A year ago, the city's Cultural Heritage Commission roundly recommended Henry's Tacos in Studio City be named an architectural monument.
Now the owner of the 51-year-old landmark says the taco stand must close by New Year's Day because its landlord won't parlay with prospective buyers.
Preservationists say because a city land-use committee had shelved the monument recommendation, the classic Googie-style hut could ultimately face the wrecking ball.
"Fifty-one of my 57 years has revolved around Henry's Tacos," said Janis Hood, whose grandfather built the stand at Moorpark Street and Tujunga Avenue. "I'm more than devastated.
"I am devastated for the whole community who have supported us this many years."
Hood nominated Henry's Tacos late last year hoping to preserve one of the nation's oldest gringo taco stands.
Built by her grandfather Henry Comstock in 1961, it preceded the first Taco Bell. Few in the San Fernando Valley had ever tasted a Mexican taco, let alone a gringo version like Henry's.
In the last half century, neither his signature tacos nor his walk-up stand and period "tacos" sign had changed. Hood now owns the business; a landlord owns the property.
"These mid-century intact food stands are becoming much rarer throughout the city" said Ken Bernstein, director of the Office of Historic Resources, which recommended landmark status.
In December, the Los Angeles Cultural Heritage Commission voted 5-0 to recommend the city name Henry's Tacos -- considered a beloved example of "Googie vernacular -- a Historic-Cultural monument.
The landlord, property owner Mehran Ebrahimpour of Beverly Hills, objected to the landmark nomination, saying it could affect the property's sale or development.
The landlord then refused to renew Hood's lease -- and raised her now month-to-month rent by 150 percent.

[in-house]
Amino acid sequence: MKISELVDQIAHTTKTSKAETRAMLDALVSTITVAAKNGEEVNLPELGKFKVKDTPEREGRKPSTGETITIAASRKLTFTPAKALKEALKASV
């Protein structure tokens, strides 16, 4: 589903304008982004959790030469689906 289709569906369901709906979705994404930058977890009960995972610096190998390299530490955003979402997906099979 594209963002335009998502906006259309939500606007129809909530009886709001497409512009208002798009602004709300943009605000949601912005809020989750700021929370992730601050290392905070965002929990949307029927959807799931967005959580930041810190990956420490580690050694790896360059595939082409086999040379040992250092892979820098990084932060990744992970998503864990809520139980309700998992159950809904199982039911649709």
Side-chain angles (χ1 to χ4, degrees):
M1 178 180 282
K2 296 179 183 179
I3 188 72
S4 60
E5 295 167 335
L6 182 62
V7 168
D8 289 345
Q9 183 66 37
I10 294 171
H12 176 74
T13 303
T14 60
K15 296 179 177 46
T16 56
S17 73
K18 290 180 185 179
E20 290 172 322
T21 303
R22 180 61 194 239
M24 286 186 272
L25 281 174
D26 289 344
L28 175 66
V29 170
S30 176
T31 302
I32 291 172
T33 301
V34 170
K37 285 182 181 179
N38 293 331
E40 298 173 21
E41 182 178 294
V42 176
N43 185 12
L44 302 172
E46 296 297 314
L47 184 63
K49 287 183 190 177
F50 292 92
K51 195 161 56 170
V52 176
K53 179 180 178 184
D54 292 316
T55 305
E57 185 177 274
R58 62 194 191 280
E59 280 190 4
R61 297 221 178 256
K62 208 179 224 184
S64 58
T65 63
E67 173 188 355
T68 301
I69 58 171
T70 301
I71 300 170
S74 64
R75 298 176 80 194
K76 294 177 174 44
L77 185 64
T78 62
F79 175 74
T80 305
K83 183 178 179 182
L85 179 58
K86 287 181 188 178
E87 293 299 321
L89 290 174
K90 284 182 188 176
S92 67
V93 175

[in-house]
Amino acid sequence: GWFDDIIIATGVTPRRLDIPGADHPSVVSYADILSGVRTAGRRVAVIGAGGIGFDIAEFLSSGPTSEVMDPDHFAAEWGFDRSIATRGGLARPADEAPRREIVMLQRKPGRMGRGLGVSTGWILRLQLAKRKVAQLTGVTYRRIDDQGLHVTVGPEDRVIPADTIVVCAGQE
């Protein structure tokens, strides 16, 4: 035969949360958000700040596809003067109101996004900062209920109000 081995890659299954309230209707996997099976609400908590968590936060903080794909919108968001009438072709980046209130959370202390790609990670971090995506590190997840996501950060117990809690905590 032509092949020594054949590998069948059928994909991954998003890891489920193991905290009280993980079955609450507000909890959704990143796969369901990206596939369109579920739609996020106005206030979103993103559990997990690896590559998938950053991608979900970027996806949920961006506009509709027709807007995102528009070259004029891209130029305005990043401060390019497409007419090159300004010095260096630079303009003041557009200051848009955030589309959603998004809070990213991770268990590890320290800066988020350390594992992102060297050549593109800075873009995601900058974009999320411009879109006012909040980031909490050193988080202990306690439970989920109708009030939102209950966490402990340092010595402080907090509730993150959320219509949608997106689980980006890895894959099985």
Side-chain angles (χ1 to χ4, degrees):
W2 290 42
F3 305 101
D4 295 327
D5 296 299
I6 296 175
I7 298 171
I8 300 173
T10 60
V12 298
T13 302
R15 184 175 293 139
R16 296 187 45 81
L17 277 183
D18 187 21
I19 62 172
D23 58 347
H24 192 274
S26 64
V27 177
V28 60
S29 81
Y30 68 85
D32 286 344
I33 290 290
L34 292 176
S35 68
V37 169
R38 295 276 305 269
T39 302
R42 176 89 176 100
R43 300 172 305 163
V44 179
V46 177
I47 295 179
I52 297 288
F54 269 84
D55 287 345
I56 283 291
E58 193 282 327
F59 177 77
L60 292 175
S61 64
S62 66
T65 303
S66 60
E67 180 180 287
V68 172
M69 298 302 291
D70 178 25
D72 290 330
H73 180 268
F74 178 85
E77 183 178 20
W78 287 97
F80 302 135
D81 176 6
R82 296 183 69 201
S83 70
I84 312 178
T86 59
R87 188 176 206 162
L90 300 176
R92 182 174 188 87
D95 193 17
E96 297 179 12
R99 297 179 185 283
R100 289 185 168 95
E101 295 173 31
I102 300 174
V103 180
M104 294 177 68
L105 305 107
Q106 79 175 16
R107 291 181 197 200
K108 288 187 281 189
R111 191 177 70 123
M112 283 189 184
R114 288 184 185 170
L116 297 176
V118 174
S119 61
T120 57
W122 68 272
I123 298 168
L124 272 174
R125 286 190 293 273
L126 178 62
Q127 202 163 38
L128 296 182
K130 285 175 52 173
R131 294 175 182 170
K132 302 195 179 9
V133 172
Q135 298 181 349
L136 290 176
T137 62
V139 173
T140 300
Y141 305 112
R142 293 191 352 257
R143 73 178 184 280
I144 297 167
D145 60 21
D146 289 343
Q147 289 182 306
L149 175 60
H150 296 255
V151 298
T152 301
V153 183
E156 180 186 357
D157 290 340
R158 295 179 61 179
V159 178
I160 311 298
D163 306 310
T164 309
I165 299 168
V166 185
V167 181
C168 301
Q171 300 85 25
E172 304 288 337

Then in February, the City Council's Planning and Land Use Management Committee let the landmark nomination lapse. The reason, many say, was a lack of support by local Councilman Paul Krekorian, who wanted a negotiated lease.
Hood, who wants to sell the family business and become a psychotherapist, said she then lined up serious buyers -- which the landlord has turned away. Without a lease, any buyer of the Henry's name will be left with no taco hut.
The result, she said, is Henry's Tacos will close on Dec. 31. And the popular taco stand will soon stand vacant.
"It's a thriving business. There's no reason for it to close," said Hood, who will specially open Sundays the rest of the month to serve nostalgic customers. "Unless we have a miracle, and this landlord realizes we have a win-win, this is it."
Ebrahimpour did not return calls Tuesday. Krekorian issued a lengthy statement saying it would be sad to see the taco icon close.
"While I have always been supportive of a historical designation for the building, the passionate effort by many in our community to save Henry's continues to be best directed to the business owner and the property owner," Krekorian said. "For it is they alone who will decide whether Henry's will continue."
But some say Krekorian may have crumbled taco shells on his hands for his refusal to support a City Council landmark vote.
If Henry's Taco's had been named a city monument, critics say, it would have pressured the property owner to lease his landmark to whomever offered to buy the Henry's Taco business.
"Krekorian refused to support the nomination. It was stopped in council by Krekorian," said historian Charlie Fisher, author of the Henry's Tacos landmark nomination. "As a result, we have no monument."
Other preservationists worry about Henry's Tacos, too, in a city that has thrown landmarks beneath the bulldozer.
"We're concerned about its future," said Adrian Scott Fine, advocacy director of the Los Angeles Conservancy. "If the business decides to close, there's no protection for the building and its future.
"We want to see the building preserved and used, and the best thing would be to have a taco stand."